I’m piggybacking on a Ricochet post from today which has made it to the main feed and is–therefore–on the public Internet. It’s a great post, and one which has generated considerable discussion. The meat of the post is a quote from the American Abolitionist, Frederick Douglass, as follows:
I prefer to be true to myself, even at the hazard of incurring the ridicule of others, rather than to be false, and to incur my own abhorrence. —Frederick Douglass
You may read the comments for yourself. However, here’s an edited version of one of mine, provoked by a person who seems disingenuously inclined to argue the original poster’s bad faith, and to make things super-difficult by invoking (inappropriately I think) Shakespeare, Polonius, and the Bible:
Even Hamlet refers to Polonius as a “fool,” after he’s dead. After Polonius is dead. Hamlet isn’t dead–yet. (I feel obliged to clear that up, because some Shakespearean characters do seem to continue speaking after a rational person might think they should have expired.)
I defer to actual scholars of Elizabethan drama, but my own opinion is that Shakespeare had Polonius’s number from the get-go, and that he (Polonius, not Shakespeare) is pretty much a satirical portrayal of what Margaret Thatcher once called the “men in grey suits”–the advisers behind the curtain (in Polonius’s case, quite literally–funny that), pulling the levers of power, not always in felicitous directions. As a result, I’ve never reflexively discounted the things Polonius said as the deranged prattlings of a windbag; merely considered them examples of what such a person–the hypocrite, the manipulator, the self-aggrandizer, and not even a very good one at that–one whose public face must necessarily often be at odds with his private ambitions, might say in order to curry favor, sound lofty, and appear wise.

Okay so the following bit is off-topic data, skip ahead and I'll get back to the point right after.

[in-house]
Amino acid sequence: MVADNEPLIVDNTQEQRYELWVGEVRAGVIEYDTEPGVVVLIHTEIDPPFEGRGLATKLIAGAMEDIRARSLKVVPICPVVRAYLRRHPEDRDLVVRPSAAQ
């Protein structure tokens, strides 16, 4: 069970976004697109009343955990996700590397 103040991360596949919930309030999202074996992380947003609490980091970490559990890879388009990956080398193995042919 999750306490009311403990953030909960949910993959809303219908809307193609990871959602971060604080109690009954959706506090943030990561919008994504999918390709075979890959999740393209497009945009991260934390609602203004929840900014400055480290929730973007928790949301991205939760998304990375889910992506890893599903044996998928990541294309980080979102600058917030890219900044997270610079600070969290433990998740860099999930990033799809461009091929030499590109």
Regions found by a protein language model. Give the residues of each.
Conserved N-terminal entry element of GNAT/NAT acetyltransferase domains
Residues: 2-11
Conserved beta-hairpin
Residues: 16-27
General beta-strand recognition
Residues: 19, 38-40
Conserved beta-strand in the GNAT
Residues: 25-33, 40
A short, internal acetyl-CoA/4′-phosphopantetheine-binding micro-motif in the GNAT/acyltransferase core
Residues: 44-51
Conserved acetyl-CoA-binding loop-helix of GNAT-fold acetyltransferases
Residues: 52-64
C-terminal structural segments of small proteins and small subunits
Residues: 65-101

Thus, his most famous speech in which he strings together quite a few gems. There’s a great deal of good advice in it:
“Be thou familiar, but by no means vulgar.
Those friends thou hast, and their adoption tried,
Grapple them to thy soul with hoops of steel;
But do not dull thy palm with entertainment
Of each new-hatch’d, unfledged comrade. Beware
Of entrance to a quarrel, but being in,
Bear’t that the opposed may beware of thee.
Give every man thy ear, but few thy voice;
Take each man’s censure, but reserve thy judgment.
Costly thy habit as thy purse can buy,
But not express’d in fancy; rich, not gaudy;
For the apparel oft proclaims the man,
And they in France of the best rank and station
Are of a most select and generous chief in that.
Neither a borrower nor a lender be;
For loan oft loses both itself and friend,
And borrowing dulls the edge of husbandry.
This above all: to thine ownself be true,
And it must follow, as the night the day,
Thou canst not then be false to any man.”
and I think it’s the height of–ummmm–foolishness to chortle and dismiss the text as “particularly amusing” and the rantings of a “fool” just because the words are spoken by Polonius. I’m pretty sure Shakespeare knows what he’s doing here, and I’d lay odds most of the people in the audience, lettered or not, did too. (Many of them, perhaps mostly the deplorable groundlings–but surely not the literal-minded or the satirically and ironically challenged–were probably rolling on the floor laughing their posteriors off…)
I have no idea whether Frederick Douglass was giving a shout-out to the Bard, but I doubt it. If he were, then that’s a great tribute to Shakespeare’s own proclivities to borrowing, re-using, and outright plagiarism. After all, most genius does not spring, full-grown like Athena from the head of Zeus. And it was hard to be truly original with a literary idea in Elizabethan England, let alone nineteenth-century Maryland.
But since Douglass appears to be talking about himself, rather than giving advice to others, I think it’s also quite likely that he was a principled man, reflecting on a difficult stand he’d taken, the criticism he’d received for taking it, and his unflinching resolve because of his belief that it was the right–and the Christian–one to do so.